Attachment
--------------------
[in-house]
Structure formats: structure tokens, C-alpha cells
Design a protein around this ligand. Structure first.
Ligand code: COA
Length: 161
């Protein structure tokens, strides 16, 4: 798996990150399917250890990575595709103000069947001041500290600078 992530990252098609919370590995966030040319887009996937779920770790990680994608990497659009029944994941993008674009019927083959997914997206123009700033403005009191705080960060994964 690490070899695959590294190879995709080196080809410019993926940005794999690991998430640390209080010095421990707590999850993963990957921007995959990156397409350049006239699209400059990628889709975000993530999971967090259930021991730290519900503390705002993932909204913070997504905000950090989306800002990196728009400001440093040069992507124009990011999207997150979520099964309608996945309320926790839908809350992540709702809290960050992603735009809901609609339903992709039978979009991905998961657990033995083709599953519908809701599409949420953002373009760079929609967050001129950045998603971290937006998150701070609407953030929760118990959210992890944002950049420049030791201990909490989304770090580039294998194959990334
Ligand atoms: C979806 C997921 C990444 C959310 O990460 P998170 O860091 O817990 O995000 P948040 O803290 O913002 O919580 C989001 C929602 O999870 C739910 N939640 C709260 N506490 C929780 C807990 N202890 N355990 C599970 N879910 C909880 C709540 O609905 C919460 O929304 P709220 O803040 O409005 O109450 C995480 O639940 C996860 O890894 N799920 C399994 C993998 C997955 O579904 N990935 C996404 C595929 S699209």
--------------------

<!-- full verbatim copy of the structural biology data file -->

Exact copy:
[in-house]
Structure formats: structure tokens, C-alpha cells
Design a protein around this ligand. Structure first.
Ligand code: COA
Length: 161
């Protein structure tokens, strides 16, 4: 798996990150399917250890990575595709103000069947001041500290600078 992530990252098609919370590995966030040319887009996937779920770790990680994608990497659009029944994941993008674009019927083959997914997206123009700033403005009191705080960060994964 690490070899695959590294190879995709080196080809410019993926940005794999690991998430640390209080010095421990707590999850993963990957921007995959990156397409350049006239699209400059990628889709975000993530999971967090259930021991730290519900503390705002993932909204913070997504905000950090989306800002990196728009400001440093040069992507124009990011999207997150979520099964309608996945309320926790839908809350992540709702809290960050992603735009809901609609339903992709039978979009991905998961657990033995083709599953519908809701599409949420953002373009760079929609967050001129950045998603971290937006998150701070609407953030929760118990959210992890944002950049420049030791201990909490989304770090580039294998194959990334
Ligand atoms: C979806 C997921 C990444 C959310 O990460 P998170 O860091 O817990 O995000 P948040 O803290 O913002 O919580 C989001 C929602 O999870 C739910 N939640 C709260 N506490 C929780 C807990 N202890 N355990 C599970 N879910 C909880 C709540 O609905 C919460 O929304 P709220 O803040 O409005 O109450 C995480 O639940 C996860 O890894 N799920 C399994 C993998 C997955 O579904 N990935 C996404 C595929 S699209």